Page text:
George Clooney’s sixth directorial feature concerns a quiet family town which is shaken by two events: the arrival of a black family and the home invasion of the mild mannered, improbably named Gardner Lodge (Matt Damon). Tensions rise and events soon spiral out of control as it becomes obvious that all is not as it seems in the quiet neighbourhood of Suburbicon.
The Coen Brothers wrote the screenplay for Suburbicon in 1986 and they return here to produce the film. There’s definitely a Coen Brothers feeling to the plot and characters, as small-minded, small-towners pursue self-interest in a quaint setting. There are definite traces of Fargo’s Jerry Lundegard in Damon’s Lodge. Unfortunately the film is never funny enough nor engaging enough to be an effective dark comedy.
The disparate elements often feel jarring. Cutting from a seemingly comedic scene of man choking to death, to brutal imagery of a family home being torn apart results in a tonal whiplash that diminishes the effect of both. The intentions of the film are unclear. Why are we seeing the horrific harassment of this young black family juxtaposed with the farcical scheming of small town crooks? Perhaps it’s that the neighbourhood were too busy worrying about the black folk to notice that the white people next door are up to no good. Not the most revolutionary concept to hang an entire film upon.
The film works best when we are experiencing the narrative via the Lodge’s young son, Nicky, played by Noah Jupe. Not only does Jupe give one of the most affecting and convincing performances of the film, but the surreal exaggeration of the environment and eccentricities of the adult characters make a lot more sense when justified as the flawed perception of a young child. This also lends itself to moments of real tension. The ambiguity around characters would work in the film’s favour from this perspective. If the boy was the audience’s surrogate and anchor then exploring this world would be much more engaging. Instead we have long stretches of the film with characters we don’t know.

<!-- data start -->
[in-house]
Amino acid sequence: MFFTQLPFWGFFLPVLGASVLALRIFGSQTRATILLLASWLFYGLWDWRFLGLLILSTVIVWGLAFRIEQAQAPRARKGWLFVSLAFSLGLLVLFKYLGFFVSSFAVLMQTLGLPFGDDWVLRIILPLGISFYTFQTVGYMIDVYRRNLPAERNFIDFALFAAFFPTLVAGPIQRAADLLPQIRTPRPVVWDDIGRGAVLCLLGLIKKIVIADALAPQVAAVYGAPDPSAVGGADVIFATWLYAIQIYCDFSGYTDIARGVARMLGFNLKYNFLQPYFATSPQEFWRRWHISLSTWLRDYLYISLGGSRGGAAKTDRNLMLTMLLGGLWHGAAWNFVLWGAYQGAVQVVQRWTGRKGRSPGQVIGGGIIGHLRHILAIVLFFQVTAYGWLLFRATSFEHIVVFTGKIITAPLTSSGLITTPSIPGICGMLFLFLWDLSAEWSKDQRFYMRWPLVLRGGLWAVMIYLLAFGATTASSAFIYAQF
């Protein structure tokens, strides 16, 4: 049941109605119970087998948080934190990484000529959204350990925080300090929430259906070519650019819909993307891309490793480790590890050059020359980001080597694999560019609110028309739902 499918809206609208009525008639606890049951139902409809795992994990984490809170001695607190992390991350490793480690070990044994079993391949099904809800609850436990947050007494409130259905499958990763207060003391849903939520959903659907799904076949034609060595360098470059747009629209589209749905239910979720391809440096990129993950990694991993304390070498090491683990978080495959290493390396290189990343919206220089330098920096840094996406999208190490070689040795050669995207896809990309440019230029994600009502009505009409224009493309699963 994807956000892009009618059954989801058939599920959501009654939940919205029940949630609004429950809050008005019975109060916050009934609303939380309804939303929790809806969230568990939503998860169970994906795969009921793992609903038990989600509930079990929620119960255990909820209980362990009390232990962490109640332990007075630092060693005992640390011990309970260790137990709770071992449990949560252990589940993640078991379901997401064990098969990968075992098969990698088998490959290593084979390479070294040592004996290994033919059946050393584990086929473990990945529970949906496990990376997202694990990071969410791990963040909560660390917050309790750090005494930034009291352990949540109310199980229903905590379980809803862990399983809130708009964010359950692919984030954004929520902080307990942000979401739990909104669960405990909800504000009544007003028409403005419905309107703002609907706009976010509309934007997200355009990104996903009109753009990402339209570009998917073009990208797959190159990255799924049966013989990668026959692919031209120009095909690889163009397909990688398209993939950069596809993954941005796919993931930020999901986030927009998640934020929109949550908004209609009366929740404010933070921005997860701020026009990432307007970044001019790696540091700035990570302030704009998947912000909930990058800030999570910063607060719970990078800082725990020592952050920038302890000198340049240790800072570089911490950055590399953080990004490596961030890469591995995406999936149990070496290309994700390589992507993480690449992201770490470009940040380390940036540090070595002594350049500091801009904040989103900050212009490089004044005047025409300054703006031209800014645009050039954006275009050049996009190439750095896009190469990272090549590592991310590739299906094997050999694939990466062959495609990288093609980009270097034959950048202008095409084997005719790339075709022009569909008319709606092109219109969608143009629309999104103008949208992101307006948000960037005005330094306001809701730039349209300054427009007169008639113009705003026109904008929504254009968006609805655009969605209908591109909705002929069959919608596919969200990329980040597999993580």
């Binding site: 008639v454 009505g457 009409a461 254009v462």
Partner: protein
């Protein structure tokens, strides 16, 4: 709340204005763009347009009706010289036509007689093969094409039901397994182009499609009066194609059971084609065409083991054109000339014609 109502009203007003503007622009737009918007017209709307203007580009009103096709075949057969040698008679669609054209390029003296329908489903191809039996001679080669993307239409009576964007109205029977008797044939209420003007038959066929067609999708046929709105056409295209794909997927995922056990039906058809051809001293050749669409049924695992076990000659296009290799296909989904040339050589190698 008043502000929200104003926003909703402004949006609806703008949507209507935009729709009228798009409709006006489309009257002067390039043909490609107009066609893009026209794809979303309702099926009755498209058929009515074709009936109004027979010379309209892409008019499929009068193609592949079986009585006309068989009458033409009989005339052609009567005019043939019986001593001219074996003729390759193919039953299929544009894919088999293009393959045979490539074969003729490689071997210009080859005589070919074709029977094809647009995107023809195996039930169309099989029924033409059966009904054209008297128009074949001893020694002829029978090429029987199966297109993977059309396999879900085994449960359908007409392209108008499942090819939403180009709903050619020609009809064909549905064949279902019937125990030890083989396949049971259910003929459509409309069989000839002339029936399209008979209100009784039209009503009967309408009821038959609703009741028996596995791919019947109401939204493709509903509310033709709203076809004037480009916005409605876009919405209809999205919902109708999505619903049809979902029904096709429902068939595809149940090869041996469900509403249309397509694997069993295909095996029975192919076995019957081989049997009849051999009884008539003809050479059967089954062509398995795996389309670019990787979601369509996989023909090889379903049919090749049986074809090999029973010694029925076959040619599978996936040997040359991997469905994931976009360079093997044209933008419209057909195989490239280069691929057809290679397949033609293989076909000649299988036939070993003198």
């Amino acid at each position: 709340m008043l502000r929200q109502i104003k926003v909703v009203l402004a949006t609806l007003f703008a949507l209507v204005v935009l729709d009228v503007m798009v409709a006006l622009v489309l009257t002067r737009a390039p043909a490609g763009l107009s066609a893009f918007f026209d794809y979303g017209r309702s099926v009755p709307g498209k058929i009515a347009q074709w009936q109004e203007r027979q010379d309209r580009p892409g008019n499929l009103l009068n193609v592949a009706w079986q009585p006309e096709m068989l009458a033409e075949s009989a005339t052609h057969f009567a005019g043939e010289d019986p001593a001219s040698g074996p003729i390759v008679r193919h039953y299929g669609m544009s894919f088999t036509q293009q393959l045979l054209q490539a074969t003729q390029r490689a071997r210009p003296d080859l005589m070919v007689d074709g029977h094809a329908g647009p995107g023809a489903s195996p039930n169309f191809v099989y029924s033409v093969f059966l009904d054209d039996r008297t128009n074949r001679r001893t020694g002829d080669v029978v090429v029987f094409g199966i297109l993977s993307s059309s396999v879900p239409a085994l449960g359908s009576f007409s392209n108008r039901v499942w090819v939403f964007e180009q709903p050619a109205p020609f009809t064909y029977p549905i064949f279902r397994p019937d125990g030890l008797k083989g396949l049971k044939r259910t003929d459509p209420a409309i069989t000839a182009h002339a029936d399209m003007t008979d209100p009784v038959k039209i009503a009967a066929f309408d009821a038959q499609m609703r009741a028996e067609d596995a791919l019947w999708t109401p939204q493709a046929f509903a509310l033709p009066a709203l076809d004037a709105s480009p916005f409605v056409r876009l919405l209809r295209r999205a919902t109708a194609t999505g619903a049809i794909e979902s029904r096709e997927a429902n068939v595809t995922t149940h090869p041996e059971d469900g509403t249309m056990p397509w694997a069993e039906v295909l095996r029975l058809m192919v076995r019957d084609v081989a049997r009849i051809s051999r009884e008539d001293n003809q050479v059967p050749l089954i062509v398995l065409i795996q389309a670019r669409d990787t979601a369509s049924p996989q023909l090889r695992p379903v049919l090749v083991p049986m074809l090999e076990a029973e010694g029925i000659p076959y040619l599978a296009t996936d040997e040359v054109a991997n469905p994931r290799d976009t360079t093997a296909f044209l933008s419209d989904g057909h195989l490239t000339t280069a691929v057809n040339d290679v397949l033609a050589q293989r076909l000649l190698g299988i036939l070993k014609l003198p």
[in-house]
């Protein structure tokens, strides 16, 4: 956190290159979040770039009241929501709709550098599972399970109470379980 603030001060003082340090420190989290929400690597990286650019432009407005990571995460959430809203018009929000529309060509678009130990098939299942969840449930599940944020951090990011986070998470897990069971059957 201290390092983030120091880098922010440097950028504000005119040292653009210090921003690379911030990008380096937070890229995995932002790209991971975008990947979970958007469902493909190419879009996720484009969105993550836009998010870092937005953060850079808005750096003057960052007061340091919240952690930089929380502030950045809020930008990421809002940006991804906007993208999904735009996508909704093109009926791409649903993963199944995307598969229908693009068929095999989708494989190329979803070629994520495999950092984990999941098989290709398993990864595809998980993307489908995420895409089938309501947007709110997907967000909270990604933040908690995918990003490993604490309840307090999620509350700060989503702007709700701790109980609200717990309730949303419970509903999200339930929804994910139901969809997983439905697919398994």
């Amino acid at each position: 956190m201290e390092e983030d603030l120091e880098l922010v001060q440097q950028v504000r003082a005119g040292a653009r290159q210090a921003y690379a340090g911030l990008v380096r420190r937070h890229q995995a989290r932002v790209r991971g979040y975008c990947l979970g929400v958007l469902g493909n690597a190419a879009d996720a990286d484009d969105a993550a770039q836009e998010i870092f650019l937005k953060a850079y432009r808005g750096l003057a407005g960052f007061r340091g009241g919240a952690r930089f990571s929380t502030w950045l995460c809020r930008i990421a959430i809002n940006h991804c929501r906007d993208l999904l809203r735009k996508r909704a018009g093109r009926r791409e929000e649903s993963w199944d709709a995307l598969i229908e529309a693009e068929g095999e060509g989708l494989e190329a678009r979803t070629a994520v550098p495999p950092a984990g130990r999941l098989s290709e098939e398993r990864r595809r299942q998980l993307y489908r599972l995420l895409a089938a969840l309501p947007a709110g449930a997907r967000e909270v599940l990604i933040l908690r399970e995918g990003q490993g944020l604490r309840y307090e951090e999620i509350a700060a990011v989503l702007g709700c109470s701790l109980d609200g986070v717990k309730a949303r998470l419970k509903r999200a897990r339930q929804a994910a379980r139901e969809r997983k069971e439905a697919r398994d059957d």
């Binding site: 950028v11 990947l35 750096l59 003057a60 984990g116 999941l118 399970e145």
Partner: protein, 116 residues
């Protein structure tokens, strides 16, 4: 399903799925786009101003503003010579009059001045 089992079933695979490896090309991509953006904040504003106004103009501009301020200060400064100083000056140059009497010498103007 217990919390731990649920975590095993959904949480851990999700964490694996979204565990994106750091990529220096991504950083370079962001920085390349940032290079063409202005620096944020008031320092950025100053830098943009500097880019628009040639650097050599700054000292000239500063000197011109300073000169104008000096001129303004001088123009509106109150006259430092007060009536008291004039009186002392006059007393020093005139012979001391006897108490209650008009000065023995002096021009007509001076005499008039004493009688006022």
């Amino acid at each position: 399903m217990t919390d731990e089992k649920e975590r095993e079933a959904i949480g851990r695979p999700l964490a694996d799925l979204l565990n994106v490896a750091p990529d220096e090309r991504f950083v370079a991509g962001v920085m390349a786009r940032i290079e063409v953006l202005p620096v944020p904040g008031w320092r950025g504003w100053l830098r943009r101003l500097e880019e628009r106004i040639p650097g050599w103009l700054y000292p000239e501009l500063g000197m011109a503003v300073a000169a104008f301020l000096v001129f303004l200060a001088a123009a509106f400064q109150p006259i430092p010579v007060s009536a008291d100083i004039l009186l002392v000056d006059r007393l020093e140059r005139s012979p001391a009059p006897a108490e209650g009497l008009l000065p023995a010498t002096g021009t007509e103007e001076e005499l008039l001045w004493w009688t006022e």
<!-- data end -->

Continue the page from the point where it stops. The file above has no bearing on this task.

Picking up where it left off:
My favourite scene involves the boy trying to look past a group of adults to see the police line-up that may contain his mother’s killer. Moments of real subjectivity like this are few in the film.
I did feel the film was also enlivened by Oscar Isaac’s smarmy insurance agent Bud Cooper who seemed to harken back to great noir thrillers like Double Indemnity. Everyone is playing a caricature of 50s Americana. It’s part of the comic tone the film aspires to. Isaac is able to play this better than most, carefully balancing his eccentricities with a real sense of threat.
Suburbicon is certainly interesting, perhaps even entertaining, but also frustrating. Despite the film’s long gestation period it feels as though this is still a few drafts away from being fully realised. Unfortunately Suburbicon must join the long list of mediocre films based on adaptations of Coen Brothers scripts. There is clearly something magical in the way the Coen Brothers translate their dark comedies to screen. Compared to the likes of Fargo or even Burn After Reading, Suburbicon just isn’t funny, dark or insightful enough to fully realise it’s promising potential.
2.5 / 5